A tool used by a developer, contractor or homeowner to keep the primary party committed to getting the project completed is called ‘retainage’. In effect, retainage means to withhold a small percentage of all payments made until all the work is done. The idea is prevent the contractor, subcontractor or vendor from earning their respective profit until they have completed their agreed upon service.
The construction contract is a formal agreement identifying the terms and understanding between the contractor and the purchaser. The document has many clauses that greatly impact the contractor. Learn about these respective clauses in the construction contract and how to word them to financially benefit your company.
In 2009, the Internal Revenue Service issued the Construction Industry Audit Technique Guide (ATG) for use by IRS agents and for contractors. The contractor’s audit guide explains the processes and methods the IRS uses to examine a contractor. The end goal is to verify actual taxable income over an assigned tax year for a contractor. The IRS recognizes that this industry is complex and utilizes multiple methods to establish revenue and net profits. It is so complex, the guide is 257 pages long.
This article introduces the guide and its major sections and how to understand what areas are applicable to your construction company.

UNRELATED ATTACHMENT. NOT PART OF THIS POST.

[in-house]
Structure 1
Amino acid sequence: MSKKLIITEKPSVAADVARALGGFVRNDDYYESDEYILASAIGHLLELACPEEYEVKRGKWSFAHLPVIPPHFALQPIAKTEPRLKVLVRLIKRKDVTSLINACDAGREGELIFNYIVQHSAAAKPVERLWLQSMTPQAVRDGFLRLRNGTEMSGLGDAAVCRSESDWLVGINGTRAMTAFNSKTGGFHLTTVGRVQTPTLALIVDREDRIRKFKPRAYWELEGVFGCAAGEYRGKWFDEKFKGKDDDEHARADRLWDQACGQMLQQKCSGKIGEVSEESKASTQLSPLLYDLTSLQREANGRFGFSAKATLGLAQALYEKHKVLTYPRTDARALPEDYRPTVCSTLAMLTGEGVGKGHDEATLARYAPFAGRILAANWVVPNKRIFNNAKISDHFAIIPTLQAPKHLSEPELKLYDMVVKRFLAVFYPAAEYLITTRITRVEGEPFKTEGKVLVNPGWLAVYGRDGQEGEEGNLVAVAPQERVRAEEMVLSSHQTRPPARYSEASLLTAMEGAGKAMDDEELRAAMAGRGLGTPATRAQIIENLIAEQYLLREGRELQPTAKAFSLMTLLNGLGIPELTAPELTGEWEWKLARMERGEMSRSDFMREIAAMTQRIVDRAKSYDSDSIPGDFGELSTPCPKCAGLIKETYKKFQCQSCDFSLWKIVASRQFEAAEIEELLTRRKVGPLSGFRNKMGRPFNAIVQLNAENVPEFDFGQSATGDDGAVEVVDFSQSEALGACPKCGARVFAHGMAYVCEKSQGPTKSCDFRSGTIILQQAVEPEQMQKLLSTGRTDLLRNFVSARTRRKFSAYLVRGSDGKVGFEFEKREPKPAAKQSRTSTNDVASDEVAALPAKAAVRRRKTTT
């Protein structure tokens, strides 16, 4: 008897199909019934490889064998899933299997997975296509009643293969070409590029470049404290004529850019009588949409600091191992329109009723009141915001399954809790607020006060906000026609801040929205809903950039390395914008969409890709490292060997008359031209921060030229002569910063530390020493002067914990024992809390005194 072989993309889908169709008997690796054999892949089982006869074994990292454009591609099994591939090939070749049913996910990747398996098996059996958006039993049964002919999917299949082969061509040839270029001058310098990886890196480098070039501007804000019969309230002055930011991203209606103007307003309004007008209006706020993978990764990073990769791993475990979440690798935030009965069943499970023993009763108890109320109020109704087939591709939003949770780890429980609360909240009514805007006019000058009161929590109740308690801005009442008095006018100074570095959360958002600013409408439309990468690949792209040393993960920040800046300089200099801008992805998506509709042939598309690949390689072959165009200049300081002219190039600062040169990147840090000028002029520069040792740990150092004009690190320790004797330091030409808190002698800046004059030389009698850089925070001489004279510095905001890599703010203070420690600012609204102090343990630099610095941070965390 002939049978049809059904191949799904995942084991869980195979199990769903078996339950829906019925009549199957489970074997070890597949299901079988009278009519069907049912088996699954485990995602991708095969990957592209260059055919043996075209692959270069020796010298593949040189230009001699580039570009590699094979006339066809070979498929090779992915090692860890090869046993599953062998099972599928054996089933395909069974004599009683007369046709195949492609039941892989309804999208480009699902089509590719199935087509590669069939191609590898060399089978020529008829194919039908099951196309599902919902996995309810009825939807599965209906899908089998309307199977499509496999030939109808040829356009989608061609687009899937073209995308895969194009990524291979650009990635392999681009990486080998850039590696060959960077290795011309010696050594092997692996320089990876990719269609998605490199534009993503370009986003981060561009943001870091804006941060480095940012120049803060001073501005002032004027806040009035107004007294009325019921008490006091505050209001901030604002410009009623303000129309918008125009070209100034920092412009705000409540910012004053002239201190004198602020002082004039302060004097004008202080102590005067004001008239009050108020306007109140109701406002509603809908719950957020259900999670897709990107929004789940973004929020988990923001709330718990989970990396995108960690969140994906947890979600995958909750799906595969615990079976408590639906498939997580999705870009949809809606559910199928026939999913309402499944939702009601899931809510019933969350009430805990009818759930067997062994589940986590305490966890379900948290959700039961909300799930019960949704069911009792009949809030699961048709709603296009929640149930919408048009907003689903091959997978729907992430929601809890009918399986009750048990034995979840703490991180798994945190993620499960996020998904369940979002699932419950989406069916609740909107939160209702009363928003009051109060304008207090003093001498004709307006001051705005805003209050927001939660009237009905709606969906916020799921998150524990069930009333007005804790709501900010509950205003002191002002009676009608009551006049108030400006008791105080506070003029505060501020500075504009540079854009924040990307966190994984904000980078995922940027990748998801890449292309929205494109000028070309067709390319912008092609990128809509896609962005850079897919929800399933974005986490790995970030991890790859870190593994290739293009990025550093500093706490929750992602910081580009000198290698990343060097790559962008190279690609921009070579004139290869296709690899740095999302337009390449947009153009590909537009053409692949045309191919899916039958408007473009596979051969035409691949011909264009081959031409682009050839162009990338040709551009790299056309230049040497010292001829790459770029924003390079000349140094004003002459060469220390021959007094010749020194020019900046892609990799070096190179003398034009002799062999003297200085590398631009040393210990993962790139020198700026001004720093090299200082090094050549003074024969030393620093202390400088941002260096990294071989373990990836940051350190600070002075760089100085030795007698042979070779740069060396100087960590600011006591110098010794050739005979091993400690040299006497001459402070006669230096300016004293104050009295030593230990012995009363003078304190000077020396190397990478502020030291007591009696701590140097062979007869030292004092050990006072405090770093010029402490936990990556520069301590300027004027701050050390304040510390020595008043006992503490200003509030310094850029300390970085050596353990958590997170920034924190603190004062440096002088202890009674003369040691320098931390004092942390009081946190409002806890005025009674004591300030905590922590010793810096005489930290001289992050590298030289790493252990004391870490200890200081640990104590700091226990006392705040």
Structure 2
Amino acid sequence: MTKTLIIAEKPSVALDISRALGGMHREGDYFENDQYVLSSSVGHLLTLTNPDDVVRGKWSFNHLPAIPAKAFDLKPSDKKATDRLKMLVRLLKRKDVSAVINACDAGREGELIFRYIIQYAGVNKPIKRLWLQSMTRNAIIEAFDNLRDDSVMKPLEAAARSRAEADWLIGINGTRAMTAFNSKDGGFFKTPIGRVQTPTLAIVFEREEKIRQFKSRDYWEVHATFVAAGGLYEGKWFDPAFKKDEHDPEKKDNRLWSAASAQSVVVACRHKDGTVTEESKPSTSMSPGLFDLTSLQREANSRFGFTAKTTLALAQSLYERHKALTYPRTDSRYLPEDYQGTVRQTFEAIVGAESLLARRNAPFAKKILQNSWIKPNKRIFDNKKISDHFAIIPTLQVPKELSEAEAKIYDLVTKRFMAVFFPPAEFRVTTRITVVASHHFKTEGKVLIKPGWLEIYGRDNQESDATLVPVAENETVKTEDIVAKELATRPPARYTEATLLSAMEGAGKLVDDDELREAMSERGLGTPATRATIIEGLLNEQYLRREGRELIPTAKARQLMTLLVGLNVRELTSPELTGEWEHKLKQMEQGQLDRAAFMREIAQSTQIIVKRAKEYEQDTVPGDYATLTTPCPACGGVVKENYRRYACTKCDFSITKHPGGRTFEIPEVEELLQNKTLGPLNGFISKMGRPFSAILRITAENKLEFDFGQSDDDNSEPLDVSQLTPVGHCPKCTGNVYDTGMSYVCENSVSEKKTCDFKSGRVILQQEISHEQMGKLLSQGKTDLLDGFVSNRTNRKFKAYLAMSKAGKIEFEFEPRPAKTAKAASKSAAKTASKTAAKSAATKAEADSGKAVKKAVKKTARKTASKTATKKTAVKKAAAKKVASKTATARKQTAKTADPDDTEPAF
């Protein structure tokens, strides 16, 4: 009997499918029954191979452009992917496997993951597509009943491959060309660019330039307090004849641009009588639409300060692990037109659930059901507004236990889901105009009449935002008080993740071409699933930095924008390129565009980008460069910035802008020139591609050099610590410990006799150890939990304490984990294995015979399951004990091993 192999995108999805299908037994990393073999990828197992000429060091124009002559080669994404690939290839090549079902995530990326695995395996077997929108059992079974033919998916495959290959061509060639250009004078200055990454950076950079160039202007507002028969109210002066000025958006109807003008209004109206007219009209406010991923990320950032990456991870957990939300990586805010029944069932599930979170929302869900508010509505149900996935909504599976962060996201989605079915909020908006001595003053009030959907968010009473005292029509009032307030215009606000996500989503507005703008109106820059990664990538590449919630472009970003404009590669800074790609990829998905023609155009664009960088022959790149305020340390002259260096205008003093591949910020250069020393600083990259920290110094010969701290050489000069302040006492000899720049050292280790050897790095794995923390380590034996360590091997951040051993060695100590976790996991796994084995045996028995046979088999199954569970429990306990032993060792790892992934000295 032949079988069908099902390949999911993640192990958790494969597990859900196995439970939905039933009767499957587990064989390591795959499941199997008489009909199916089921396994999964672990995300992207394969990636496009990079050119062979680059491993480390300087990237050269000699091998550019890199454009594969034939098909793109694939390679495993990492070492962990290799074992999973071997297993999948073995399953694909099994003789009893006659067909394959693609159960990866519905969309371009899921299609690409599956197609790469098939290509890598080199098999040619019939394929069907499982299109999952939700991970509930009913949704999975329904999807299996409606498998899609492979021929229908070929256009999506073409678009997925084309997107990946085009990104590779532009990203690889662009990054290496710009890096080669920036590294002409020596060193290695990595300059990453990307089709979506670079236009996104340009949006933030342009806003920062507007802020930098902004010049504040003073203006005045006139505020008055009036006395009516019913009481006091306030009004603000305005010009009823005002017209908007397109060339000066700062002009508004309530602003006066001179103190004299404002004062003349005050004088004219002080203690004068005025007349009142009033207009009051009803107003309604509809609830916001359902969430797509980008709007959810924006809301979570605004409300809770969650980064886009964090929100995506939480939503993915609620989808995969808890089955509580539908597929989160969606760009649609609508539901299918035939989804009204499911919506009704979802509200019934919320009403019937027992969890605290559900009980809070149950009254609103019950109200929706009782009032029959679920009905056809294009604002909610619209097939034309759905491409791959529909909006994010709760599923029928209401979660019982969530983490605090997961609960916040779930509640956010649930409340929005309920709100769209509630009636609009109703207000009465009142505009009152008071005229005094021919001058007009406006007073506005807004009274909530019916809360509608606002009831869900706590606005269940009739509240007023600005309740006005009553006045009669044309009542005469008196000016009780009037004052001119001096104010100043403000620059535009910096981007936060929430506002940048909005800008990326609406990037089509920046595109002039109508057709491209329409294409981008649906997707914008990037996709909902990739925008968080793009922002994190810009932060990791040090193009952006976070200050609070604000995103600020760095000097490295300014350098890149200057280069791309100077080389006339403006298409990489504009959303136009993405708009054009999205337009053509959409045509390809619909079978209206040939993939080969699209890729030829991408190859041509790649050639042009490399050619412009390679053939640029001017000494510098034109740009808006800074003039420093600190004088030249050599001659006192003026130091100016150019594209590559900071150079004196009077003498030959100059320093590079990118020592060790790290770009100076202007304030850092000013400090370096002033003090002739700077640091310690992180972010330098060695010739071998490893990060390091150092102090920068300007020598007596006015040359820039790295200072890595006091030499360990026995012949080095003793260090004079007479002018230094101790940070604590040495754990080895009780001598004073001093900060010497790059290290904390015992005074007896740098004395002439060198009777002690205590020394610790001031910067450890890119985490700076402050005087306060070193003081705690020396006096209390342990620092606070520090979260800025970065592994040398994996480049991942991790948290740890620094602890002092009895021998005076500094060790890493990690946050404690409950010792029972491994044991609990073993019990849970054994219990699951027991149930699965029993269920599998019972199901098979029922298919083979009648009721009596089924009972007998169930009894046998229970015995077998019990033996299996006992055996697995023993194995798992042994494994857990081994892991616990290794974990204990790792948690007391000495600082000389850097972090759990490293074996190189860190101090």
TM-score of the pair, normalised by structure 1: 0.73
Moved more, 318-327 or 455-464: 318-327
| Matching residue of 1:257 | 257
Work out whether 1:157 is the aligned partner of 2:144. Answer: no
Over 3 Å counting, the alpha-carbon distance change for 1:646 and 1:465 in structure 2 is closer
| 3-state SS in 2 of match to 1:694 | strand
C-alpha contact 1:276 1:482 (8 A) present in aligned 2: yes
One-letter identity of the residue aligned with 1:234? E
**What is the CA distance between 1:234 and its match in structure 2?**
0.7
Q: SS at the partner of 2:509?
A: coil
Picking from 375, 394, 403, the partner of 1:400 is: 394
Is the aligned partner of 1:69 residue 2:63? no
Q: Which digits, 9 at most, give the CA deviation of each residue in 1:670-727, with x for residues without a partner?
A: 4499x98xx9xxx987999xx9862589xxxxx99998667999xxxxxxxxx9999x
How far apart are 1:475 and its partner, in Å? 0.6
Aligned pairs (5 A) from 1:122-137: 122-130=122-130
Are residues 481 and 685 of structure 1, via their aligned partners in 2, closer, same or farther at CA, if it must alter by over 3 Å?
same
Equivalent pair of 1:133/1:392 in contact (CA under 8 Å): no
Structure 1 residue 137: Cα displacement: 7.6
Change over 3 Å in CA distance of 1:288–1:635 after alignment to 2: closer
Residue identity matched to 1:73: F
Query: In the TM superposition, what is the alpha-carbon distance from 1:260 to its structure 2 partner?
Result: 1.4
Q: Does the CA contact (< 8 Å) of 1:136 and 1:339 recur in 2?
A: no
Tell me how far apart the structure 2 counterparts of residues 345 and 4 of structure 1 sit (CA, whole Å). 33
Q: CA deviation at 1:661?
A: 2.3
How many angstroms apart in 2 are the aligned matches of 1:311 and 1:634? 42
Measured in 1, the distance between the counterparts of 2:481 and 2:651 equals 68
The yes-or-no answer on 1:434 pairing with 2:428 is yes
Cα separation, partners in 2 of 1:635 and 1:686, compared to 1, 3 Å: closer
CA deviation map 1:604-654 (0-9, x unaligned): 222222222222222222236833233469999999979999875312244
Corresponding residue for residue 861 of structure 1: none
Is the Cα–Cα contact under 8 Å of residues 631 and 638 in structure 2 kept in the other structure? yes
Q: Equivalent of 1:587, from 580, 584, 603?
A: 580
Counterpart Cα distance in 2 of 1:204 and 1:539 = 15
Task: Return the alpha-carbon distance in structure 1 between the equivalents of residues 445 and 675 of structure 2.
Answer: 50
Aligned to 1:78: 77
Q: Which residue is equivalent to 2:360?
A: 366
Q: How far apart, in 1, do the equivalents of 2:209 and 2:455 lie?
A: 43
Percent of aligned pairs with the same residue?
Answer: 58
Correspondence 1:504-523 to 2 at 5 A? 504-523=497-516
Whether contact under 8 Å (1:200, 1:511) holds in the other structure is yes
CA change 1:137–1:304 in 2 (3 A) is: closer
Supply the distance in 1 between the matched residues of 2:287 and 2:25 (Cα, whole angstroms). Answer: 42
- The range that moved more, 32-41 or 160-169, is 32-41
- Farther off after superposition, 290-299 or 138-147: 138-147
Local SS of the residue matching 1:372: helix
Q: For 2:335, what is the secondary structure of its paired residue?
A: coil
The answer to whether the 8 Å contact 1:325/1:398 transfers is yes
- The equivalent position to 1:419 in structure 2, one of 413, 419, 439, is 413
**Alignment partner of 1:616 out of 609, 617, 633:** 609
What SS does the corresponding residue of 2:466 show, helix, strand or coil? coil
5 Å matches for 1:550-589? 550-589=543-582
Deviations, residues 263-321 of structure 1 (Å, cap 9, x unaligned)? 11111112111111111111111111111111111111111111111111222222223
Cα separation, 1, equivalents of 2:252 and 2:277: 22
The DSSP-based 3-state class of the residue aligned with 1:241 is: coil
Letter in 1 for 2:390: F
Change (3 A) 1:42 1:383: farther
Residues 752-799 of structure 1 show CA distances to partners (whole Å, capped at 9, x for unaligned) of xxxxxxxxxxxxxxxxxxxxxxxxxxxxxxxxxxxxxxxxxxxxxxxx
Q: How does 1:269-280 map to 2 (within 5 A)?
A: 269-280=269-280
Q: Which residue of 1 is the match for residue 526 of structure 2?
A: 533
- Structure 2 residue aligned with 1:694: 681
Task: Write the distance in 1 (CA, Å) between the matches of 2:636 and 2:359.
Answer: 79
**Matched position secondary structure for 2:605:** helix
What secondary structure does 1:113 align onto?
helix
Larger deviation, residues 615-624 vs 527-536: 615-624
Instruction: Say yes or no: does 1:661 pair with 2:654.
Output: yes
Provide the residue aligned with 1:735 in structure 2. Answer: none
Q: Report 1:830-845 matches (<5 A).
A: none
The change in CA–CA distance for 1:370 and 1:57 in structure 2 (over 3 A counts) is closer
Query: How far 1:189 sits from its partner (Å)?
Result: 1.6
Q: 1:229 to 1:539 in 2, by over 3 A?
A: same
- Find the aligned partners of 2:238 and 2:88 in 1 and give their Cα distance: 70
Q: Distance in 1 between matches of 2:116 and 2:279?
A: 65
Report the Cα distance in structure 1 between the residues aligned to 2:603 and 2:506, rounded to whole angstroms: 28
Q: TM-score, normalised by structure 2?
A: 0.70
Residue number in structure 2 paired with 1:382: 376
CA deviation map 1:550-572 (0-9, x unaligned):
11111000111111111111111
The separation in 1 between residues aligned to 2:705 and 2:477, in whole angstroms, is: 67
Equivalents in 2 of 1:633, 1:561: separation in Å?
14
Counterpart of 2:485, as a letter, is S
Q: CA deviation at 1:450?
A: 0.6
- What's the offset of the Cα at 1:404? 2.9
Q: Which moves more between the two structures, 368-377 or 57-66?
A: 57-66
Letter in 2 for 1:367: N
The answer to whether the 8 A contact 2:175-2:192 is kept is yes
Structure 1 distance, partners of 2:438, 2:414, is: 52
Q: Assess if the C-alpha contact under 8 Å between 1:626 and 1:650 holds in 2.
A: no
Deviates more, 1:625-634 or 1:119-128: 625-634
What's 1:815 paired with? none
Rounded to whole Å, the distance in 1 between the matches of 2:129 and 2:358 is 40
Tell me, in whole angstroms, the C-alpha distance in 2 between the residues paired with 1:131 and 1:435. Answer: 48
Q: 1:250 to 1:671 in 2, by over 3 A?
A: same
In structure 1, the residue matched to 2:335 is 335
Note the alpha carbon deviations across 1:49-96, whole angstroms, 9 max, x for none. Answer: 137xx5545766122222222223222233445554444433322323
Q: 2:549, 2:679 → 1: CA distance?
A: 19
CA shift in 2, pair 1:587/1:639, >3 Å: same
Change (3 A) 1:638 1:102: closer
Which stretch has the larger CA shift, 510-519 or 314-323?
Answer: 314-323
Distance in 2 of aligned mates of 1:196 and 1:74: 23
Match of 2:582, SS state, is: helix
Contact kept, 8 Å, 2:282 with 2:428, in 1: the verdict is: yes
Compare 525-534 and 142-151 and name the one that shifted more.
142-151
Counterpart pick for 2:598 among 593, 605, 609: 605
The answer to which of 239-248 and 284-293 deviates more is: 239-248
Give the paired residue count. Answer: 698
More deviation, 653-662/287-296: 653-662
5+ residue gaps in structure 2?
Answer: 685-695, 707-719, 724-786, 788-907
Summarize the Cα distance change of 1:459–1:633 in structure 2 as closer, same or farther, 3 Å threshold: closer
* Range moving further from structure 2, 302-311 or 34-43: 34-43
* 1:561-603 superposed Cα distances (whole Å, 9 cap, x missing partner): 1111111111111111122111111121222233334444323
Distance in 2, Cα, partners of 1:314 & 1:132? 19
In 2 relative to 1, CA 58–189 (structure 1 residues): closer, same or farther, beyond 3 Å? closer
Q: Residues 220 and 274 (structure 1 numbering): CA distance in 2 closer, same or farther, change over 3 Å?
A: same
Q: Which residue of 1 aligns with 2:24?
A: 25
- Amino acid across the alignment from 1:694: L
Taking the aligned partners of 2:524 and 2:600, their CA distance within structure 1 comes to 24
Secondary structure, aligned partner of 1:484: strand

Every construction project has costs beyond the direct costs and the contractor wants to earn a profit. To cover these costs he must have an appropriate markup. The contractor must give consideration to many variables and circumstances to calculate the best markup for a construction project. To determine the best markup percentage on costs, the contractor should consider his indirect costs, overhead, taxes, and final profit desired.
The completed contract method of accounting recognizes revenue and the associated costs once the project is complete. This is one of the two popular accounting methods used in the construction industry. For residential contractors, the completed contract method may have a slight tax advantage by deferring revenue recognition but is generally not considered the best method of accounting in the construction industry.
There are two primary methods of reducing costs of construction. The first is cost negotiation and the second is cost shifting. These two methods have several tools in each to achieve overall price reduction. The following describes each method and the respective tools within each method that you can use to achieve overall cost reduction.